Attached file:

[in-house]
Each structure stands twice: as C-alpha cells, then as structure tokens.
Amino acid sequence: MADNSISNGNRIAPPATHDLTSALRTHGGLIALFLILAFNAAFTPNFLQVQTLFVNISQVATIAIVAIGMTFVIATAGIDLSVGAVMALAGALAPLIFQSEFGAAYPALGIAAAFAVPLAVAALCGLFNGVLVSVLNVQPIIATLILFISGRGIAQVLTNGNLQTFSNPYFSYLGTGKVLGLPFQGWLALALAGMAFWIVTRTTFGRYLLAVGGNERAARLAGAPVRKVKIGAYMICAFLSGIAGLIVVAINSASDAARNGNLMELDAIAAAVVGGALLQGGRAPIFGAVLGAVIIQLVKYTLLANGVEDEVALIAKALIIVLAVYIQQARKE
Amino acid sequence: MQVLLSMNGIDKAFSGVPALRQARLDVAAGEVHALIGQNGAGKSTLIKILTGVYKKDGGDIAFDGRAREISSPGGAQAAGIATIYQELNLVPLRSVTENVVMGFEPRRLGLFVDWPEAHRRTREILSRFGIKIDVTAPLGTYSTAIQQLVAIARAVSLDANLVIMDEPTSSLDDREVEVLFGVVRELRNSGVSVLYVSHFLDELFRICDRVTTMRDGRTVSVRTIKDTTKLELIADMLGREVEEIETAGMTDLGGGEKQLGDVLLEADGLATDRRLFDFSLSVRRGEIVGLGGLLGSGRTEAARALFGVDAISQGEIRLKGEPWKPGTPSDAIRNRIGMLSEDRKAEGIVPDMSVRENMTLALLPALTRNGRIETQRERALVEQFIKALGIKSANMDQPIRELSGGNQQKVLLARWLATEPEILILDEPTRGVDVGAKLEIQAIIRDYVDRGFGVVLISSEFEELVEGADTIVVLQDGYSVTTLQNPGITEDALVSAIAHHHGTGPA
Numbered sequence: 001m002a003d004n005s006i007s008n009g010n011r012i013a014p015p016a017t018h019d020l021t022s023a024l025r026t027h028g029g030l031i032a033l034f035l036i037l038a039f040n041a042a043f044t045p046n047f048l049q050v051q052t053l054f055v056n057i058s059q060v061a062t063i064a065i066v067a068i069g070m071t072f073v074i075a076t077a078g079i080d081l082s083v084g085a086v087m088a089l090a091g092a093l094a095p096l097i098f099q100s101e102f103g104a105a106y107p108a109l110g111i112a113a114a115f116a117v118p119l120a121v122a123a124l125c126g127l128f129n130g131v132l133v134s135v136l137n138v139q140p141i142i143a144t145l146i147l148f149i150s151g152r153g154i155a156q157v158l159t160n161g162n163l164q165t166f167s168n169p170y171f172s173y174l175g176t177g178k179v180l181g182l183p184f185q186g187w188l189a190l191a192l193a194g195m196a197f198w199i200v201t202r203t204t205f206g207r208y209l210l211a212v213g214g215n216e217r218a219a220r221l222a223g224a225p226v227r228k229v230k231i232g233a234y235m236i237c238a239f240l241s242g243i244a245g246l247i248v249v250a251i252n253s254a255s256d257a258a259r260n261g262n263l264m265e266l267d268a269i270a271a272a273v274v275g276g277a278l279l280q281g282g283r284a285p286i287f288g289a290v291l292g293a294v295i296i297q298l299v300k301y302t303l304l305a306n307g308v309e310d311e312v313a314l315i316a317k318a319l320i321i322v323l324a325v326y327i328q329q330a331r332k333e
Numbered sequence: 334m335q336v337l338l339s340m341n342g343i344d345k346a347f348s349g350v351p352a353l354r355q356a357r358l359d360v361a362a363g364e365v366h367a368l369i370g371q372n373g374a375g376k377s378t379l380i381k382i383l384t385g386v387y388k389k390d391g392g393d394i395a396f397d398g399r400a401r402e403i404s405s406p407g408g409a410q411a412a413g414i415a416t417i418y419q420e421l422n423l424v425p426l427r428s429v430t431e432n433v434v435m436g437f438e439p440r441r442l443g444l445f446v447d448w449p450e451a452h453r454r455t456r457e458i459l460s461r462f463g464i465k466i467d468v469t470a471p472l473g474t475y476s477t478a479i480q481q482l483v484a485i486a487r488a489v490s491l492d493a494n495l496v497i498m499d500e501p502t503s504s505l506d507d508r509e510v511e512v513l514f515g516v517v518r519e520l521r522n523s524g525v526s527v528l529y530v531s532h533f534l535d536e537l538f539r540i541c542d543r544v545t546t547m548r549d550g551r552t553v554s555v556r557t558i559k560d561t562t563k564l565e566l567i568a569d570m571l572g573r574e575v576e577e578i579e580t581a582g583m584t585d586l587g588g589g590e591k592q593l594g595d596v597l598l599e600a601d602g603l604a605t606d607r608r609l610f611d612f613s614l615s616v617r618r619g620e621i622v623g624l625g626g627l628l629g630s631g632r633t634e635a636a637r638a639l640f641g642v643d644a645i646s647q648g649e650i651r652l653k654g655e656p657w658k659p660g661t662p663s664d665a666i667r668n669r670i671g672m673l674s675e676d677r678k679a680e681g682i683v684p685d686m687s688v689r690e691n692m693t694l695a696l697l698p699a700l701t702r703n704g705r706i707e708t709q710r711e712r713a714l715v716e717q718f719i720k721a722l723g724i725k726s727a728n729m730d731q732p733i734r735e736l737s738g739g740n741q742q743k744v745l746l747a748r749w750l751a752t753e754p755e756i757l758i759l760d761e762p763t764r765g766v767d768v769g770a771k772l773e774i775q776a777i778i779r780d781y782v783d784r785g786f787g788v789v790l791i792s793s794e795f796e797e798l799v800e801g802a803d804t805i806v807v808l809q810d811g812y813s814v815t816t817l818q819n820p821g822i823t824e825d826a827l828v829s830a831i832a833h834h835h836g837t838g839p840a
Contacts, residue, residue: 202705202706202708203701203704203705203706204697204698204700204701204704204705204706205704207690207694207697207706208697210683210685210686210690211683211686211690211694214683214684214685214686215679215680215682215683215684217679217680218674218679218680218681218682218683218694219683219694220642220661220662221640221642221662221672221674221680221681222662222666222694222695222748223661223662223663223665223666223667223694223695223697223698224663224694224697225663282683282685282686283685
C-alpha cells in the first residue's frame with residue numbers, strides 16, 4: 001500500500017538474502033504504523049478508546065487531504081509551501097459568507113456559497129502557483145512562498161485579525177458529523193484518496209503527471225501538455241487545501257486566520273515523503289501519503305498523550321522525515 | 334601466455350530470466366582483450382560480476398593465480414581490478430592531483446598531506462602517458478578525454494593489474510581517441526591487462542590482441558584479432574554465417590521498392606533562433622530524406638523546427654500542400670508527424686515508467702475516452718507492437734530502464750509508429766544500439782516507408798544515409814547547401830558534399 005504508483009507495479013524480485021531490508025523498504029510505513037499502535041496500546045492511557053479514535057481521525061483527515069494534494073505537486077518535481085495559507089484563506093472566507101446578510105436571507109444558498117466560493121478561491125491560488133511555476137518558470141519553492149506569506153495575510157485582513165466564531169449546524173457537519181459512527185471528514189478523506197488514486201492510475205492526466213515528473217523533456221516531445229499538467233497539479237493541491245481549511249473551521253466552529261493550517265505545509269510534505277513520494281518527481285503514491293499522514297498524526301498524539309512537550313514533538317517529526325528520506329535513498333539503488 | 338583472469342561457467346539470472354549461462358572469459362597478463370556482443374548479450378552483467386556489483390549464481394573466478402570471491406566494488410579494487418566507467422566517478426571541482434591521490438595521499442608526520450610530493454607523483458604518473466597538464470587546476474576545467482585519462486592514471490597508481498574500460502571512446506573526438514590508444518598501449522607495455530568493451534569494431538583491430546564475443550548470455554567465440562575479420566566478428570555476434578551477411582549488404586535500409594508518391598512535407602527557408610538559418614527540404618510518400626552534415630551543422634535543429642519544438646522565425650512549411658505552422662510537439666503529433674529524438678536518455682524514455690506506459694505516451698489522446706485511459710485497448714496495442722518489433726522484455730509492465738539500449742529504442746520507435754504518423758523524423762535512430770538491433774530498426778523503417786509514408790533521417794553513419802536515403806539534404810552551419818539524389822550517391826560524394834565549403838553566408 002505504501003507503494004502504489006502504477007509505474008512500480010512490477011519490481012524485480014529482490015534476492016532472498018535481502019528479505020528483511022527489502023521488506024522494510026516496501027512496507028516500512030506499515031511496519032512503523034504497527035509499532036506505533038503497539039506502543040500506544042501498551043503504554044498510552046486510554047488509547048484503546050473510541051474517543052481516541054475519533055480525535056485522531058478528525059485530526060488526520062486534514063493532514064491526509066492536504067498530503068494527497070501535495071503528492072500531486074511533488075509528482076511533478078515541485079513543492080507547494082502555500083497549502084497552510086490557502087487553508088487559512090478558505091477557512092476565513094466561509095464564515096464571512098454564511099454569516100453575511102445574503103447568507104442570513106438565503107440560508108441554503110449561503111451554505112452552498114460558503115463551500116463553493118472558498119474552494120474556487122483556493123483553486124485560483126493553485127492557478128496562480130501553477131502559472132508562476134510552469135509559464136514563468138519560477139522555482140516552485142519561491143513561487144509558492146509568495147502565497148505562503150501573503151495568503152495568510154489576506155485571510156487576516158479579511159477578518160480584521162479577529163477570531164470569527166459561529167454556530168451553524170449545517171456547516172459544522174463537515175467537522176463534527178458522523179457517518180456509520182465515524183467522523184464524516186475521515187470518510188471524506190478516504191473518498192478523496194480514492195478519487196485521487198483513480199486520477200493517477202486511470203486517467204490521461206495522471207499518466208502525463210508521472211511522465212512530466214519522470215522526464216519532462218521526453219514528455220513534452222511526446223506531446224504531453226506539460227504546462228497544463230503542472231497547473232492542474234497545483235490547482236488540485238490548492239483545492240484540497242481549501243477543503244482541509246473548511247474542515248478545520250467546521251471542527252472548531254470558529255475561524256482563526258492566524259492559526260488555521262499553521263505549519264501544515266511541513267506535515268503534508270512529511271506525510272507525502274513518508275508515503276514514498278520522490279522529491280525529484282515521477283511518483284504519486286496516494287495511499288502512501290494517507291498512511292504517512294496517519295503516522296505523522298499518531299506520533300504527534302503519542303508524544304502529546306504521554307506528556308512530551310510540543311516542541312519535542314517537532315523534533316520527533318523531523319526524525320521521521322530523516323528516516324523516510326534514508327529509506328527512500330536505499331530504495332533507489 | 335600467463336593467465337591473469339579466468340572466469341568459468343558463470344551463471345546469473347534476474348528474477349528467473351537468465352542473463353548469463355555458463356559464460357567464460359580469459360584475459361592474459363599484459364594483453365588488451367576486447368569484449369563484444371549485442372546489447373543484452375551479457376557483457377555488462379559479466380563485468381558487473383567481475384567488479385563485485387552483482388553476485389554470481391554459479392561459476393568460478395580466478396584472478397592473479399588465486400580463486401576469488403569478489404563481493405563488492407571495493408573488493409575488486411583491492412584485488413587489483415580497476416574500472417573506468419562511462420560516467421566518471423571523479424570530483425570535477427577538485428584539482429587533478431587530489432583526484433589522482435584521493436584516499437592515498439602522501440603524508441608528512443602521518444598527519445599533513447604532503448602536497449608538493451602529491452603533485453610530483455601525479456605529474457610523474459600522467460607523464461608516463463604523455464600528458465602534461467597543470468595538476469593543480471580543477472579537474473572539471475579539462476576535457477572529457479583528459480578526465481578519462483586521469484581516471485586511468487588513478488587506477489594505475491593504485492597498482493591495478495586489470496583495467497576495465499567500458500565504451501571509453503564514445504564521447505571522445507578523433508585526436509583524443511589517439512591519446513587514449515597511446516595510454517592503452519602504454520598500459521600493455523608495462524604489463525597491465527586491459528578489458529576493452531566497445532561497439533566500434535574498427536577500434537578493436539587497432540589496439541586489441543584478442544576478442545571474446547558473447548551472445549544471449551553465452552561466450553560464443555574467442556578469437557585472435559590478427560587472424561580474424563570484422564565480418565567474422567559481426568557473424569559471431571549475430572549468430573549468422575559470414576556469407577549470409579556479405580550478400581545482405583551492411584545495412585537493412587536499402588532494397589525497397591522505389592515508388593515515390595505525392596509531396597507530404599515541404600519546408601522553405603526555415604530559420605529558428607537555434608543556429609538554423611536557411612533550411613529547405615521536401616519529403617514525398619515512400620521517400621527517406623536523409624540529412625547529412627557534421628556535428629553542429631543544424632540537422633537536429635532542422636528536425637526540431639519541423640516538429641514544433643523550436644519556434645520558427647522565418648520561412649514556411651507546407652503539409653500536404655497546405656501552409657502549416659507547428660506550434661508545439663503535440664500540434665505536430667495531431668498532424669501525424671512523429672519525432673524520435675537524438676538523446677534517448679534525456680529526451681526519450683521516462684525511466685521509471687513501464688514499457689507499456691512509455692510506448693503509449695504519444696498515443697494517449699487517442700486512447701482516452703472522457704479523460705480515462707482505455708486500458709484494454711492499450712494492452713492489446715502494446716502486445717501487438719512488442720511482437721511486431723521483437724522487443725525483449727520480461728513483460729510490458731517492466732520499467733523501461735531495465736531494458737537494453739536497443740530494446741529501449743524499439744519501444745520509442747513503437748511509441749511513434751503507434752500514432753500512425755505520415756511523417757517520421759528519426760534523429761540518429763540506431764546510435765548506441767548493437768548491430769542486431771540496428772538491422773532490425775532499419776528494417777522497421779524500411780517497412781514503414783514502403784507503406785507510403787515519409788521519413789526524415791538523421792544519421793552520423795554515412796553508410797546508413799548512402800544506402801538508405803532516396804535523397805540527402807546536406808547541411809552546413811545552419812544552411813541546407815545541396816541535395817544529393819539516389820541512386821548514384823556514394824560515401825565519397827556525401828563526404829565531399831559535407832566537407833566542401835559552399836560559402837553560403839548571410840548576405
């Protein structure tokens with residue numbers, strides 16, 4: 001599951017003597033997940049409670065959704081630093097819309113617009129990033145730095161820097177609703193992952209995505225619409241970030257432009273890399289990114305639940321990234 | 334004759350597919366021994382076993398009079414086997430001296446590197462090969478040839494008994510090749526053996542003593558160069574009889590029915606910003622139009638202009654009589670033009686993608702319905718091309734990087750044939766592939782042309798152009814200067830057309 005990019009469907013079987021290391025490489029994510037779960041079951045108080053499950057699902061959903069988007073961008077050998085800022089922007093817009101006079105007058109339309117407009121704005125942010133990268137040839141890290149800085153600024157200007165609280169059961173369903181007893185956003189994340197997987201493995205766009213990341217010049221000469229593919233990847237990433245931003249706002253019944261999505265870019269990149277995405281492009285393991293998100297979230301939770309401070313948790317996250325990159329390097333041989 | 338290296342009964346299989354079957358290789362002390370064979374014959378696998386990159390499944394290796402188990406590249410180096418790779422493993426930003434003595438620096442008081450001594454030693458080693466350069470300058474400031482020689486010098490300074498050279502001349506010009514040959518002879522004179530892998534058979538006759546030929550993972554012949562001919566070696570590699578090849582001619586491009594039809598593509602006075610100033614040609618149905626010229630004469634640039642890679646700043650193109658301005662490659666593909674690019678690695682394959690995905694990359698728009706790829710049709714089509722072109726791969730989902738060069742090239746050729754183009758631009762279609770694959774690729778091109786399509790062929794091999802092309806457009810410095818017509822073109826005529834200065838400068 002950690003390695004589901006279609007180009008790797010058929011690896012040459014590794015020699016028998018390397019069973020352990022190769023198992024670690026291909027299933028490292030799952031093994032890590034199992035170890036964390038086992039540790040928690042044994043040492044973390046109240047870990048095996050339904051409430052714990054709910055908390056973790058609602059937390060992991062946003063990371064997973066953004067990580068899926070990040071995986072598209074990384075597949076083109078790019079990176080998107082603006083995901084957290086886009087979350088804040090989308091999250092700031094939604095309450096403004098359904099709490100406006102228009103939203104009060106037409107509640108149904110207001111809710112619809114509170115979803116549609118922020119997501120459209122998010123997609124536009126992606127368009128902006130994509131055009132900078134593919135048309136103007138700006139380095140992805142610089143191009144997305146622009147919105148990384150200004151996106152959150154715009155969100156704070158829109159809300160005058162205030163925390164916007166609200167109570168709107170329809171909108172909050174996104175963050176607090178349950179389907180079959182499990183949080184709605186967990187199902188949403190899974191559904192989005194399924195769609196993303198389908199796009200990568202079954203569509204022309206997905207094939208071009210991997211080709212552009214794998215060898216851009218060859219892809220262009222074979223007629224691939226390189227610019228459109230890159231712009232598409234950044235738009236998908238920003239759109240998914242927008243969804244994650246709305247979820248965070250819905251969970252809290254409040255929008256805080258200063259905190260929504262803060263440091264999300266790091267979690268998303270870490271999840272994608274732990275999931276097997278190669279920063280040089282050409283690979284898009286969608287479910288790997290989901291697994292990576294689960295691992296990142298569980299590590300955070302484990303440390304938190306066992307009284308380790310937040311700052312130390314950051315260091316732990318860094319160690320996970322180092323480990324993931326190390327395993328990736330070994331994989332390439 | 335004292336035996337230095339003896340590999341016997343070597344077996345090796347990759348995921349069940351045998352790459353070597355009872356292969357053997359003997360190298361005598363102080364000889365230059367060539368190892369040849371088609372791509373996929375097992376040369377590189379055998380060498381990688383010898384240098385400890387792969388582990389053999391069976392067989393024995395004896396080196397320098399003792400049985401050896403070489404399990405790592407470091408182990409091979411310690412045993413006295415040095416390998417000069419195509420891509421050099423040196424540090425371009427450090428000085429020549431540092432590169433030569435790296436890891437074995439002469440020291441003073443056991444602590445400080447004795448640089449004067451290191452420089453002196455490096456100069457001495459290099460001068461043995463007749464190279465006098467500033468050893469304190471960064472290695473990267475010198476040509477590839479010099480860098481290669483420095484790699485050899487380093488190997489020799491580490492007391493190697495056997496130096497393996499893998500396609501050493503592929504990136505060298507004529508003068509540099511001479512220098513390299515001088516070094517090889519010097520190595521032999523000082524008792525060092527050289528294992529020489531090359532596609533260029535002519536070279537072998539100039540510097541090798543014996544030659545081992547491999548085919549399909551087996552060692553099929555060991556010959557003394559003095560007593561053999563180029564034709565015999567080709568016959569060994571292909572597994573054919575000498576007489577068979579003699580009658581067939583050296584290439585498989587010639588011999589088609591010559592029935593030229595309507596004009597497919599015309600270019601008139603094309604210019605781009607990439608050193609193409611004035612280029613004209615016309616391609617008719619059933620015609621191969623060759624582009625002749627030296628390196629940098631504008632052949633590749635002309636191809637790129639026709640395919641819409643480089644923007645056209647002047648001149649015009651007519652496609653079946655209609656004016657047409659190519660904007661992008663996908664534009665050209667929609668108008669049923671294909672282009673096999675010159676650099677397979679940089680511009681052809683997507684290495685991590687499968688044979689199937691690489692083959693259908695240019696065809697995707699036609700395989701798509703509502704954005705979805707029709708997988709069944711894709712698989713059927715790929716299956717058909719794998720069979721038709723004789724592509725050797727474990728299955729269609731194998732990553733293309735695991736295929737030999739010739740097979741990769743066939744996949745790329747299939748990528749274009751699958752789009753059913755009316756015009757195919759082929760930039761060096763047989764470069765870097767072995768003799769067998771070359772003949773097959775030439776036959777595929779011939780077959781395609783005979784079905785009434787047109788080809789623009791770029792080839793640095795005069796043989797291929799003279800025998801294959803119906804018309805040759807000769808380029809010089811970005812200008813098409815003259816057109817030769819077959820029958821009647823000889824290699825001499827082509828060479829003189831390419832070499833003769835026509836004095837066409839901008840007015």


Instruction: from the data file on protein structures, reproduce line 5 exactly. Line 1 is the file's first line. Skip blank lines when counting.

Numbered sequence: 001m002a003d004n005s006i007s008n009g010n011r012i013a014p015p016a017t018h019d020l021t022s023a024l025r026t027h028g029g030l031i032a033l034f035l036i037l038a039f040n041a042a043f044t045p046n047f048l049q050v051q052t053l054f055v056n057i058s059q060v061a062t063i064a065i066v067a068i069g070m071t072f073v074i075a076t077a078g079i080d081l082s083v084g085a086v087m088a089l090a091g092a093l094a095p096l097i098f099q100s101e102f103g104a105a106y107p108a109l110g111i112a113a114a115f116a117v118p119l120a121v122a123a124l125c126g127l128f129n130g131v132l133v134s135v136l137n138v139q140p141i142i143a144t145l146i147l148f149i150s151g152r153g154i155a156q157v158l159t160n161g162n163l164q165t166f167s168n169p170y171f172s173y174l175g176t177g178k179v180l181g182l183p184f185q186g187w188l189a190l191a192l193a194g195m196a197f198w199i200v201t202r203t204t205f206g207r208y209l210l211a212v213g214g215n216e217r218a219a220r221l222a223g224a225p226v227r228k229v230k231i232g233a234y235m236i237c238a239f240l241s242g243i244a245g246l247i248v249v250a251i252n253s254a255s256d257a258a259r260n261g262n263l264m265e266l267d268a269i270a271a272a273v274v275g276g277a278l279l280q281g282g283r284a285p286i287f288g289a290v291l292g293a294v295i296i297q298l299v300k301y302t303l304l305a306n307g308v309e310d311e312v313a314l315i316a317k318a319l320i321i322v323l324a325v326y327i328q329q330a331r332k333e